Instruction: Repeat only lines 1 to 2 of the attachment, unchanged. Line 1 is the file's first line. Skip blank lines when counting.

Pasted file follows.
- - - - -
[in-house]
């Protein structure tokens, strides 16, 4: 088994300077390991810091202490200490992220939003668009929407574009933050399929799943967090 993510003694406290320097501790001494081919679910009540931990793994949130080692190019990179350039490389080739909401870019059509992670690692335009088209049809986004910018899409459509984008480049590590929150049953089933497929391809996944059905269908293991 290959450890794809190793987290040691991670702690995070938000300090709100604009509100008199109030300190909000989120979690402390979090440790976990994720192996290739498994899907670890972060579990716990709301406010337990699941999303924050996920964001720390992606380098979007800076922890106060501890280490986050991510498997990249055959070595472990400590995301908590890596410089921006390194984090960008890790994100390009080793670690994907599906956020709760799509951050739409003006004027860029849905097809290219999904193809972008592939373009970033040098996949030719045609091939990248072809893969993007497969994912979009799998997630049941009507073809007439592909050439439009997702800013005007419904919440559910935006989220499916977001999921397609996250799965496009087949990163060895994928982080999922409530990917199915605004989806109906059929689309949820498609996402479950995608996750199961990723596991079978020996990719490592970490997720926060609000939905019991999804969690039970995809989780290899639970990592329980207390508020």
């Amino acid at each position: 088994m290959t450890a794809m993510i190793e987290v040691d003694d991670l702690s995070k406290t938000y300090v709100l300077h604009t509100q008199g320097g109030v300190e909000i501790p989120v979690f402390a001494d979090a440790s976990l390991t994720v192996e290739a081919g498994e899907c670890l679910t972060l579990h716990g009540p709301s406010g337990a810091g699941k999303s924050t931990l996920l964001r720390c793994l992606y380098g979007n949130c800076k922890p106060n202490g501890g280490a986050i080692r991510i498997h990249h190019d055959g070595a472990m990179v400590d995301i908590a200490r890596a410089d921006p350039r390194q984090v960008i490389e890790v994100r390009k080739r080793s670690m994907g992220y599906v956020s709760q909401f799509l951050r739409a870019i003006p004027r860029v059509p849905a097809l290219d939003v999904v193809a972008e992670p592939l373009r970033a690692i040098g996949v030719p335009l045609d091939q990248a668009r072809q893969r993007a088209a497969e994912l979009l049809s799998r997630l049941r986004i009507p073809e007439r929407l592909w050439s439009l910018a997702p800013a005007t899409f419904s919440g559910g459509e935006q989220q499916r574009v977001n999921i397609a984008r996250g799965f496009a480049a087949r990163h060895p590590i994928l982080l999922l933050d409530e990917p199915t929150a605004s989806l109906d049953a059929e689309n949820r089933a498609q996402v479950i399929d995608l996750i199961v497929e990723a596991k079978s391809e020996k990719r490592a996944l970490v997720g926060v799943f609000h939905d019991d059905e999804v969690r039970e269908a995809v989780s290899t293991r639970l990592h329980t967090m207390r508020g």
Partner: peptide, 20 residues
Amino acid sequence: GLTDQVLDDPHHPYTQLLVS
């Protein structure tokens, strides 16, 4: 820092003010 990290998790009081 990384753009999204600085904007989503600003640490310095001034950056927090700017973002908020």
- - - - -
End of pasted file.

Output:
[in-house]
């Protein structure tokens, strides 16, 4: 088994300077390991810091202490200490992220939003668009929407574009933050399929799943967090 993510003694406290320097501790001494081919679910009540931990793994949130080692190019990179350039490389080739909401870019059509992670690692335009088209049809986004910018899409459509984008480049590590929150049953089933497929391809996944059905269908293991 290959450890794809190793987290040691991670702690995070938000300090709100604009509100008199109030300190909000989120979690402390979090440790976990994720192996290739498994899907670890972060579990716990709301406010337990699941999303924050996920964001720390992606380098979007800076922890106060501890280490986050991510498997990249055959070595472990400590995301908590890596410089921006390194984090960008890790994100390009080793670690994907599906956020709760799509951050739409003006004027860029849905097809290219999904193809972008592939373009970033040098996949030719045609091939990248072809893969993007497969994912979009799998997630049941009507073809007439592909050439439009997702800013005007419904919440559910935006989220499916977001999921397609996250799965496009087949990163060895994928982080999922409530990917199915605004989806109906059929689309949820498609996402479950995608996750199961990723596991079978020996990719490592970490997720926060609000939905019991999804969690039970995809989780290899639970990592329980207390508020």